I’ve heard all the jokes; now I want some facts. I’m in my mid-60s and partially bald. I can barely keep ahead of trimming the hair growing in my nose and ears. What gives? –Ernest Hobbs, Columbus, Ohio
This problem, which is common among men as they age, is a manifestation of the law of conservation of hair. When you were young the manly fluid filled your whole being, but as you got older a lot of it boiled off. By now it doesn’t even reach the bottom of the old brainpan. The sad result is that hair grows in your nose and ears rather than on top of your head. The plus side is that you can now watch Pocahontas with the grandkids without thinking, “Whoa, nice rack.”
Unfortunately, that’s about it for definitive statements on this subject. I note that my friend David Feldman frittered away parts of two of his Imponderables books before concluding that not much was known about this. His findings:
(1) Excessive hair is called hypertrichosis.
(2) Hairy ears are an inherited trait that some geneticists believed was passed along on the Y (male) chromosomes.
(3) They don’t believe this anymore.
(4) In 1984 two doctors in Mineola, New York, announced that hair in the ear canal plus a crease in the ear lobe were signs that you were susceptible to heart attack (strictly speaking, that you had coronary-artery disease, i.e., narrowing of the coronary arteries).
(5) In 1985, having been accused of misconstruing the data big time, the doctors conceded that hairy, creased ears were pretty useless as a predictor of heart attack.
Actually, Dave touched only lightly on item five, but I figured I’d better clarify the lack of clarity on this point.
Having further reviewed the medical literature, I can add the following to the above:
(1) Even less is known about hairy noses than hairy ears.
(2) In men hairy ears are probably pretty common. In the Mineola study 74 percent of the men had them. Unfortunately you can’t tell how old they were because the only average age provided applied to a group of men and women mixed together. Obviously a little more time needs to be spent on statistics in the medical schools serving Mineola.
(3) It sure is hard to figure out what medical authors are talking about when they use words like “tragus” and “pinna” without telling you what they mean.
(4) The tragus is the pointy projection on the front side of your ear opening. Interestingly, tragus can also mean any of the hairs growing at the entrance to the ear. So I guess what you’ve got there, Ernest, is a bad case of tragus on the tragus.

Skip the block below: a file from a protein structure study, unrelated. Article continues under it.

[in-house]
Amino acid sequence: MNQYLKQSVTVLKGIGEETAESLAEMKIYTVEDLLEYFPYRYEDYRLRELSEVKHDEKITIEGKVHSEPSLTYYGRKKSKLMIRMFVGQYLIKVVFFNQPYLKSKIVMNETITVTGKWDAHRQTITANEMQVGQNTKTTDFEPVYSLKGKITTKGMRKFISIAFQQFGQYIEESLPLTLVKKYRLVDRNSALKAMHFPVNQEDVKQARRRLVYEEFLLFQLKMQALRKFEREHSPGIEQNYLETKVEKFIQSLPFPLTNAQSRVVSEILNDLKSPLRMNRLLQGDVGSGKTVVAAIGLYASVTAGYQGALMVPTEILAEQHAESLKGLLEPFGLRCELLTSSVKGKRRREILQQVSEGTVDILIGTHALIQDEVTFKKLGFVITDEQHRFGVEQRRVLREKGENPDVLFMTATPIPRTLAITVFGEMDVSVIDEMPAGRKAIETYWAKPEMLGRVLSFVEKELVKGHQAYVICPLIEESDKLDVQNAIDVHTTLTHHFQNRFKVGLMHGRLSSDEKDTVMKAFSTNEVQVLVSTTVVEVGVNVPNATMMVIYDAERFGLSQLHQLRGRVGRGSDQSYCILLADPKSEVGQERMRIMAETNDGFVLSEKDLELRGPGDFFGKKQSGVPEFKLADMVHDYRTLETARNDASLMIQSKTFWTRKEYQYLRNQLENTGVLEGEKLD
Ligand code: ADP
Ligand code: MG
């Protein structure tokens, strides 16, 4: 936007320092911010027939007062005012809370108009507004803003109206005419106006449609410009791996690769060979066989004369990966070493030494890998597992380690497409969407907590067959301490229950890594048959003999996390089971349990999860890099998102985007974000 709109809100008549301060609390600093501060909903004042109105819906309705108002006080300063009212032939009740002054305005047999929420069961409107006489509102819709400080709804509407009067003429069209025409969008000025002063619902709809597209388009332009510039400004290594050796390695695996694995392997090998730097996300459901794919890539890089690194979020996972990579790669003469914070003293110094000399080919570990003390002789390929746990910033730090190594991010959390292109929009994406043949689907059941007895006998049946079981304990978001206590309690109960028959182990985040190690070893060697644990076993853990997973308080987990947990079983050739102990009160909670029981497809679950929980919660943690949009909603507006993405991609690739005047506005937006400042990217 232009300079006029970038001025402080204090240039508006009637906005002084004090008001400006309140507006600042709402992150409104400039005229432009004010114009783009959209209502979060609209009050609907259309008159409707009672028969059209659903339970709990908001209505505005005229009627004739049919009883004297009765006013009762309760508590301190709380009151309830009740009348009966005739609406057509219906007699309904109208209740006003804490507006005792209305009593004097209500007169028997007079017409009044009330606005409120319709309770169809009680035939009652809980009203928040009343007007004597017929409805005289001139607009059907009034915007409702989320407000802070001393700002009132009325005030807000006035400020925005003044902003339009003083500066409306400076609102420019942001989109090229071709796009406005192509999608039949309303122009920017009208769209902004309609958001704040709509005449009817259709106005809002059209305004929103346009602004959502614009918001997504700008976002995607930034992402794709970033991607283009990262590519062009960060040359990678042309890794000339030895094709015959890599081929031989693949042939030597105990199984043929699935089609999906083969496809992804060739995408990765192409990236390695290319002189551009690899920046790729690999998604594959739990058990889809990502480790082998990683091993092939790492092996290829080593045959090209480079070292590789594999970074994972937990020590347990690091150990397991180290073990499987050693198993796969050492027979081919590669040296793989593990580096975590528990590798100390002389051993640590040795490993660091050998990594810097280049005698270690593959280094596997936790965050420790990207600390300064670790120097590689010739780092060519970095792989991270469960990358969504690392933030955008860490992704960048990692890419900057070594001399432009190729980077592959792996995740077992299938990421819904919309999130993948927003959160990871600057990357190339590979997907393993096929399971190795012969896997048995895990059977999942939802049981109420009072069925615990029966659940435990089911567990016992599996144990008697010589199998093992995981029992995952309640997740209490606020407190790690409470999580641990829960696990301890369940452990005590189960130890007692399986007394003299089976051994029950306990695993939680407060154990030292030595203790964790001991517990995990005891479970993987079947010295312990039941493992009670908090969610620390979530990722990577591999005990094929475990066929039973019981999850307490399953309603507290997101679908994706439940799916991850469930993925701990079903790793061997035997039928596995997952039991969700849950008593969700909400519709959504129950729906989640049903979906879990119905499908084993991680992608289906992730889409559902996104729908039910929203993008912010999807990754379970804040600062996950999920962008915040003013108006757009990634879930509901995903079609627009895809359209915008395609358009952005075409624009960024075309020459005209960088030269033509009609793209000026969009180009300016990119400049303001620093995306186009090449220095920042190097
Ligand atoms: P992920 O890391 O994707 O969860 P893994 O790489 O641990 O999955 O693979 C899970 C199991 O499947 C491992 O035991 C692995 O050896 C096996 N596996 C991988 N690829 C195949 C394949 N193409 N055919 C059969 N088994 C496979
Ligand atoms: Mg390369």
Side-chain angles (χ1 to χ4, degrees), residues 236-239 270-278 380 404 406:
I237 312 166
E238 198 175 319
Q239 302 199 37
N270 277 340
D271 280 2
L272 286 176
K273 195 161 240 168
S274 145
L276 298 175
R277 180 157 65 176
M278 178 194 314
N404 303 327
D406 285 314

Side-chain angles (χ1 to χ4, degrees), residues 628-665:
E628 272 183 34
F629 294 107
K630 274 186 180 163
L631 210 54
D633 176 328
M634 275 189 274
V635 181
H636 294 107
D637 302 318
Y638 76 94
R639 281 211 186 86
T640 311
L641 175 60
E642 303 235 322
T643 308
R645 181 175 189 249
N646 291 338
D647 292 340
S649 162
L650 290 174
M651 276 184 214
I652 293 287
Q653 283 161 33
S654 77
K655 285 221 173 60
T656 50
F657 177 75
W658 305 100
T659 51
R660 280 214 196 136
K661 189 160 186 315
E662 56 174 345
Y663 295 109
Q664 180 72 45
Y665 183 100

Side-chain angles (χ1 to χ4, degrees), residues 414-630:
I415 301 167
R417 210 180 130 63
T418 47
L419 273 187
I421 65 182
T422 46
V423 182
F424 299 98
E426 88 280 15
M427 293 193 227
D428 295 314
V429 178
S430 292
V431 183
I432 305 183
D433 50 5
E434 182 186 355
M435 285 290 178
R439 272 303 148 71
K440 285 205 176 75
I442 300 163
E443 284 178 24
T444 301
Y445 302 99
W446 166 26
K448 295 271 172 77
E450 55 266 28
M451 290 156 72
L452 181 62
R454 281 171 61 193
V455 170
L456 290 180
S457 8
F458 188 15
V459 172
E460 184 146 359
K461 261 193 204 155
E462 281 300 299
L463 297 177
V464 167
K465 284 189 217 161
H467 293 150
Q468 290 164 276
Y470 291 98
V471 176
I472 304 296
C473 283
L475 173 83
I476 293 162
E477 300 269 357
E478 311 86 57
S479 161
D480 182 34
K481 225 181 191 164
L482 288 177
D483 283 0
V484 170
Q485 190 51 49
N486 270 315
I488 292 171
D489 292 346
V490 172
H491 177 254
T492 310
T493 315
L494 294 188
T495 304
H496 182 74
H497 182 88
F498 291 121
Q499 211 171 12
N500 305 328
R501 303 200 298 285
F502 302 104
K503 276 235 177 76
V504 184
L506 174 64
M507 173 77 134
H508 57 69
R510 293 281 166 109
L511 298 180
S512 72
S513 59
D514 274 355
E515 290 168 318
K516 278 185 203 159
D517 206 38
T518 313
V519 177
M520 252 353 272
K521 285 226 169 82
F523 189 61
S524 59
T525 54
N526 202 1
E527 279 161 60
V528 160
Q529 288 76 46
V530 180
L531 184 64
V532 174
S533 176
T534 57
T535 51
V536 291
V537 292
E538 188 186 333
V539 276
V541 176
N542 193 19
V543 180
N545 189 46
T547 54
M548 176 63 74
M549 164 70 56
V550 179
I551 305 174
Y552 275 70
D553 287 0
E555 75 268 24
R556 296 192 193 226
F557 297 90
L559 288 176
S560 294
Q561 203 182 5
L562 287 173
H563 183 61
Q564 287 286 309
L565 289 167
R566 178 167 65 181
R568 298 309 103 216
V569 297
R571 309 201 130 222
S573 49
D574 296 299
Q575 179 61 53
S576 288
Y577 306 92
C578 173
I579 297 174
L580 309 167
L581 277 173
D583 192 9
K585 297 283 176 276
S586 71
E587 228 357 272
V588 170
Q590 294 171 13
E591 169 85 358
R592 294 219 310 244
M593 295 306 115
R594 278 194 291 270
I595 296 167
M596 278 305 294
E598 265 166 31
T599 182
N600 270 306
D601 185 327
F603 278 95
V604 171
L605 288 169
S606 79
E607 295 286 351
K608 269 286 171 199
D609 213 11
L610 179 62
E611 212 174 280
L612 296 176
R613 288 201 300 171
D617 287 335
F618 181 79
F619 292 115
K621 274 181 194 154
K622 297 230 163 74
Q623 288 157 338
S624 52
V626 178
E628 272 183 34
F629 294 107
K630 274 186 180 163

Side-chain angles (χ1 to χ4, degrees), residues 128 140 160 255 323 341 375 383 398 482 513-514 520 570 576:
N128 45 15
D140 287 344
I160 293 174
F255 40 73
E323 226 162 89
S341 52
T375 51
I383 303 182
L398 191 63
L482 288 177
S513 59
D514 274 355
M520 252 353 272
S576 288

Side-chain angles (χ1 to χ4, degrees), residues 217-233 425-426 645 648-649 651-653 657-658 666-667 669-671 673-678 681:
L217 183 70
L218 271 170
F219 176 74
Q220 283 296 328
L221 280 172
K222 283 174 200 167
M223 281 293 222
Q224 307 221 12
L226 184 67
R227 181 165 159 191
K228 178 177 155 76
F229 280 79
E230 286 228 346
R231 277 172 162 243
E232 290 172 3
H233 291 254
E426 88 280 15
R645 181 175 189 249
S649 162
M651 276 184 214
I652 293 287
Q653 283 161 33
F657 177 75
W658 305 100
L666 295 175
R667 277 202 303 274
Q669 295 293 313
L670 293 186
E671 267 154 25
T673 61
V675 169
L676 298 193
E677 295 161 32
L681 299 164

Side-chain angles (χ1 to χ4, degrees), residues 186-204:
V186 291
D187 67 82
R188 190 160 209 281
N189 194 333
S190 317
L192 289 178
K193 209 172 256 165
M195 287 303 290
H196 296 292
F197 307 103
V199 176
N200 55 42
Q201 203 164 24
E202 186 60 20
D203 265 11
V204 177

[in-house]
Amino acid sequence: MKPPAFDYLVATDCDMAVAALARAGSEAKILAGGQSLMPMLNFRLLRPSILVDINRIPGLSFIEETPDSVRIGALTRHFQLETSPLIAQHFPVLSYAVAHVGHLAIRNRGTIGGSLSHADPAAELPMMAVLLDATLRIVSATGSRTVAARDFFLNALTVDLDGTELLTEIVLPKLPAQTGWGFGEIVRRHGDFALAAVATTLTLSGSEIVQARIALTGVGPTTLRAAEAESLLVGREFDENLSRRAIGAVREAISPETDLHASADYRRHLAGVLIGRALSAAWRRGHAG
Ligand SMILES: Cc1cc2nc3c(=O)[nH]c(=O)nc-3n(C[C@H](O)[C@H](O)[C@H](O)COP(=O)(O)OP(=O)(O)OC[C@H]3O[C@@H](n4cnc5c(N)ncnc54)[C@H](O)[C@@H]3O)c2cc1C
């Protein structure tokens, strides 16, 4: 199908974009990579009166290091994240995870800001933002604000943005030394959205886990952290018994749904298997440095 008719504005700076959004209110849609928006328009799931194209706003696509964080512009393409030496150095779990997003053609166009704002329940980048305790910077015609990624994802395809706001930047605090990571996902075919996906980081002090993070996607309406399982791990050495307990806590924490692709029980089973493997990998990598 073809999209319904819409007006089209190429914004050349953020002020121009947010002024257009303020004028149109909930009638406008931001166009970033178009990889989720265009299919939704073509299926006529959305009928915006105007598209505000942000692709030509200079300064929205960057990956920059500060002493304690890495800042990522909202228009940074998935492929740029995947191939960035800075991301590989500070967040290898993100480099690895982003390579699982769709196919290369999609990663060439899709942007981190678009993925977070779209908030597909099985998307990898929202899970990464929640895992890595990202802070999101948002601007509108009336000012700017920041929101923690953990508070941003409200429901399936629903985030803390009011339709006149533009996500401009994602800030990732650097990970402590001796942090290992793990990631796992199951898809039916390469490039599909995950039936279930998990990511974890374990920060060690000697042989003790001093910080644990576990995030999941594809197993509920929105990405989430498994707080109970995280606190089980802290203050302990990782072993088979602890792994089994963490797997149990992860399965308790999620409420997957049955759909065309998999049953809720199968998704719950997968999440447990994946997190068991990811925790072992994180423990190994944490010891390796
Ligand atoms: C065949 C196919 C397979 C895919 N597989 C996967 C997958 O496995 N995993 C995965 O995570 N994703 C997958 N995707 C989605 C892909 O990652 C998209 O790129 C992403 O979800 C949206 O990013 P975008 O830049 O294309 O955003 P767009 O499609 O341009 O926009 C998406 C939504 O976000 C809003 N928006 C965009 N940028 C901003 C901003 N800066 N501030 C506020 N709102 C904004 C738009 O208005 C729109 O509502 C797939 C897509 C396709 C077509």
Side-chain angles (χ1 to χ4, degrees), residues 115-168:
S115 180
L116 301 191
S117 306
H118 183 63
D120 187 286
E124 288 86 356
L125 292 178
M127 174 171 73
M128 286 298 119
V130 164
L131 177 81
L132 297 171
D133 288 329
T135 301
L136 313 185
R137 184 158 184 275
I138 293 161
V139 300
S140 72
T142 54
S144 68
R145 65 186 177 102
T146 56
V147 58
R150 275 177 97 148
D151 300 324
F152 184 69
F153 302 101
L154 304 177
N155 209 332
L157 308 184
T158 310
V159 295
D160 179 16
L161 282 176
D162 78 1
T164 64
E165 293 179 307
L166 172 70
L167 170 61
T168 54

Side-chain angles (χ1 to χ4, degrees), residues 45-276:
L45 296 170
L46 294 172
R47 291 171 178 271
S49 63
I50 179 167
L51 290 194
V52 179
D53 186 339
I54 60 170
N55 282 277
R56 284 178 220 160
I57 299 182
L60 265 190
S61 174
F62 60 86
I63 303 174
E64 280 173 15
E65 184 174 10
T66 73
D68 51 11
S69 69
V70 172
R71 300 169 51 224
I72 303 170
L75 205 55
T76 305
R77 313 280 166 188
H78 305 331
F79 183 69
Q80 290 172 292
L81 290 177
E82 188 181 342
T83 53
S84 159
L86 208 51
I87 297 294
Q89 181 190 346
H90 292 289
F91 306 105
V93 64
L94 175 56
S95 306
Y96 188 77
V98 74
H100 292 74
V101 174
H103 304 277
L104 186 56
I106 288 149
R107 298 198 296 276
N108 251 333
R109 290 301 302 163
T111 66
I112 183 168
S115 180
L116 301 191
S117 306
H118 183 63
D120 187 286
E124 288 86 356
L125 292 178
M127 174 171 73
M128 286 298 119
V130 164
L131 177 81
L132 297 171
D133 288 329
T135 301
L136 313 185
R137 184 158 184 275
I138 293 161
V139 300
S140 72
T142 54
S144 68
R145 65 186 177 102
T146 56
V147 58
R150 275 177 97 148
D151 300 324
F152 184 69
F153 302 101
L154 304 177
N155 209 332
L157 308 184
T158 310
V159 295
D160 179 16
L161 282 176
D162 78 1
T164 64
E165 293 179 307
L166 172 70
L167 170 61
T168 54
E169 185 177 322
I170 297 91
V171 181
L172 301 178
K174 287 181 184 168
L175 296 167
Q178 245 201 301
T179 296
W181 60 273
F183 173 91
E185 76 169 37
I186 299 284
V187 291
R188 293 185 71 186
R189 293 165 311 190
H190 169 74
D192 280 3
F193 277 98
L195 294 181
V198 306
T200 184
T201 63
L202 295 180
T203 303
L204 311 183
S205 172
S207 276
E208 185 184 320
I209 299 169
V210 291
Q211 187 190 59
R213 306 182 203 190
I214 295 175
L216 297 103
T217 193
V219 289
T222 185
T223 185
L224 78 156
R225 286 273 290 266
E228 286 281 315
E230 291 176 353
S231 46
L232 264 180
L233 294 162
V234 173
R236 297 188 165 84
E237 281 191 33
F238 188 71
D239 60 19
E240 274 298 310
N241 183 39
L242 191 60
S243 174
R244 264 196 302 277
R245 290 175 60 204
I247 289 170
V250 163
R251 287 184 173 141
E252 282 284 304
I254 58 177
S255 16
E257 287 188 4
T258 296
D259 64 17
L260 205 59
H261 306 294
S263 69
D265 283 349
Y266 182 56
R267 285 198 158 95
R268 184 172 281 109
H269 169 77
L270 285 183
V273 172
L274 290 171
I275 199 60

(5) The pinna, according to the dictionary, is the “external part of the ear,” but some medical authors figure it really means the external part of the ear except the tragus.
(6) I bet hair on the tragus is what’s really important, but maybe that’s just because I have it.
(7) Some people think men in certain ethnic groups, such as those found in parts of India and Sri Lanka, have hairier ears than usual.
However, you couldn’t prove it by me, inasmuch as the admittedly sparse literature on the subject suggests that hairy ears are pretty common all over. In any case, the Indian researchers think if you’ve got them you might have diabetes too.
(8) You can get hairy ears as a result of using minoxidil, and boy, does it look gross.
(9) While not having hairy, creased ears doesn’t necessarily mean you aren’t prone to heart attacks, if you do have them–and if in other respects you seem like the heart-attack-prone type–you’re in trouble. Ninety percent of the guys with hairy, creased ears in the Mineola study had coronary-artery disease.
(10) I sure wish the people who published the relatively small number of ear-hair papers had had their acts a little more together, because it’s just about impossible to determine from their work whether ear hair becomes more common in men as they age and if so, where on the ear and with what indications for your health. But it’s not like counting ear hairs is a job that’s going to attract the great minds of our times.
(11) Some great mind is going to have to do a lot of this work over if we’re going to come to any firm conclusions about ear and nose hair.
(12) But it’s not going to be me.
Art accompanying story in printed newspaper (not available in this archive): illustration by Slug Signorino.